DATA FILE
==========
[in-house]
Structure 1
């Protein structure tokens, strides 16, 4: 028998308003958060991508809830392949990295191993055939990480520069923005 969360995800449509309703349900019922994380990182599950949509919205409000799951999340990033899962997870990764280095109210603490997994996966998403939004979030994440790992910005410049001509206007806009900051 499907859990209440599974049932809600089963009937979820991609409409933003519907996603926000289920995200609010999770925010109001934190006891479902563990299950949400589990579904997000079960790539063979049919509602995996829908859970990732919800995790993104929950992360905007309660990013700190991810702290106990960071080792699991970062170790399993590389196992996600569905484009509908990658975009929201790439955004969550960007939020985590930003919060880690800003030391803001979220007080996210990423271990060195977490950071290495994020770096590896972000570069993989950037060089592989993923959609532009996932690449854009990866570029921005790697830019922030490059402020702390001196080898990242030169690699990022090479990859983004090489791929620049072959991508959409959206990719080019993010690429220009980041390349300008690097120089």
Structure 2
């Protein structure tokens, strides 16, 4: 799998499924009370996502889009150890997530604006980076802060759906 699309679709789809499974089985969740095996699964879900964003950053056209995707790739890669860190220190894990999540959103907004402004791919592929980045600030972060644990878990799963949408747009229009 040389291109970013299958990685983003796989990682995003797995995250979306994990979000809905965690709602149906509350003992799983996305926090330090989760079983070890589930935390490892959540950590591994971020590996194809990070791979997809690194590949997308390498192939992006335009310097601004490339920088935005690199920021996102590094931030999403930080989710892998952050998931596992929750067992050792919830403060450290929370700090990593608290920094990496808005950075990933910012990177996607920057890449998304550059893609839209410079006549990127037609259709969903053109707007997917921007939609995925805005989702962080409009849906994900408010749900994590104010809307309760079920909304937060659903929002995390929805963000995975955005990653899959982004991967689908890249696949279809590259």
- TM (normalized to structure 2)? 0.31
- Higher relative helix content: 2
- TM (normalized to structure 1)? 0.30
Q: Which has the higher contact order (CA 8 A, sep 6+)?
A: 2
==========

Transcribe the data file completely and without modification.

[in-house]
Structure 1
């Protein structure tokens, strides 16, 4: 028998308003958060991508809830392949990295191993055939990480520069923005 969360995800449509309703349900019922994380990182599950949509919205409000799951999340990033899962997870990764280095109210603490997994996966998403939004979030994440790992910005410049001509206007806009900051 499907859990209440599974049932809600089963009937979820991609409409933003519907996603926000289920995200609010999770925010109001934190006891479902563990299950949400589990579904997000079960790539063979049919509602995996829908859970990732919800995790993104929950992360905007309660990013700190991810702290106990960071080792699991970062170790399993590389196992996600569905484009509908990658975009929201790439955004969550960007939020985590930003919060880690800003030391803001979220007080996210990423271990060195977490950071290495994020770096590896972000570069993989950037060089592989993923959609532009996932690449854009990866570029921005790697830019922030490059402020702390001196080898990242030169690699990022090479990859983004090489791929620049072959991508959409959206990719080019993010690429220009980041390349300008690097120089």
Structure 2
């Protein structure tokens, strides 16, 4: 799998499924009370996502889009150890997530604006980076802060759906 699309679709789809499974089985969740095996699964879900964003950053056209995707790739890669860190220190894990999540959103907004402004791919592929980045600030972060644990878990799963949408747009229009 040389291109970013299958990685983003796989990682995003797995995250979306994990979000809905965690709602149906509350003992799983996305926090330090989760079983070890589930935390490892959540950590591994971020590996194809990070791979997809690194590949997308390498192939992006335009310097601004490339920088935005690199920021996102590094931030999403930080989710892998952050998931596992929750067992050792919830403060450290929370700090990593608290920094990496808005950075990933910012990177996607920057890449998304550059893609839209410079006549990127037609259709969903053109707007997917921007939609995925805005989702962080409009849906994900408010749900994590104010809307309760079920909304937060659903929002995390929805963000995975955005990653899959982004991967689908890249696949279809590259």
- TM (normalized to structure 2)? 0.31
- Higher relative helix content: 2
- TM (normalized to structure 1)? 0.30
Q: Which has the higher contact order (CA 8 A, sep 6+)?
A: 2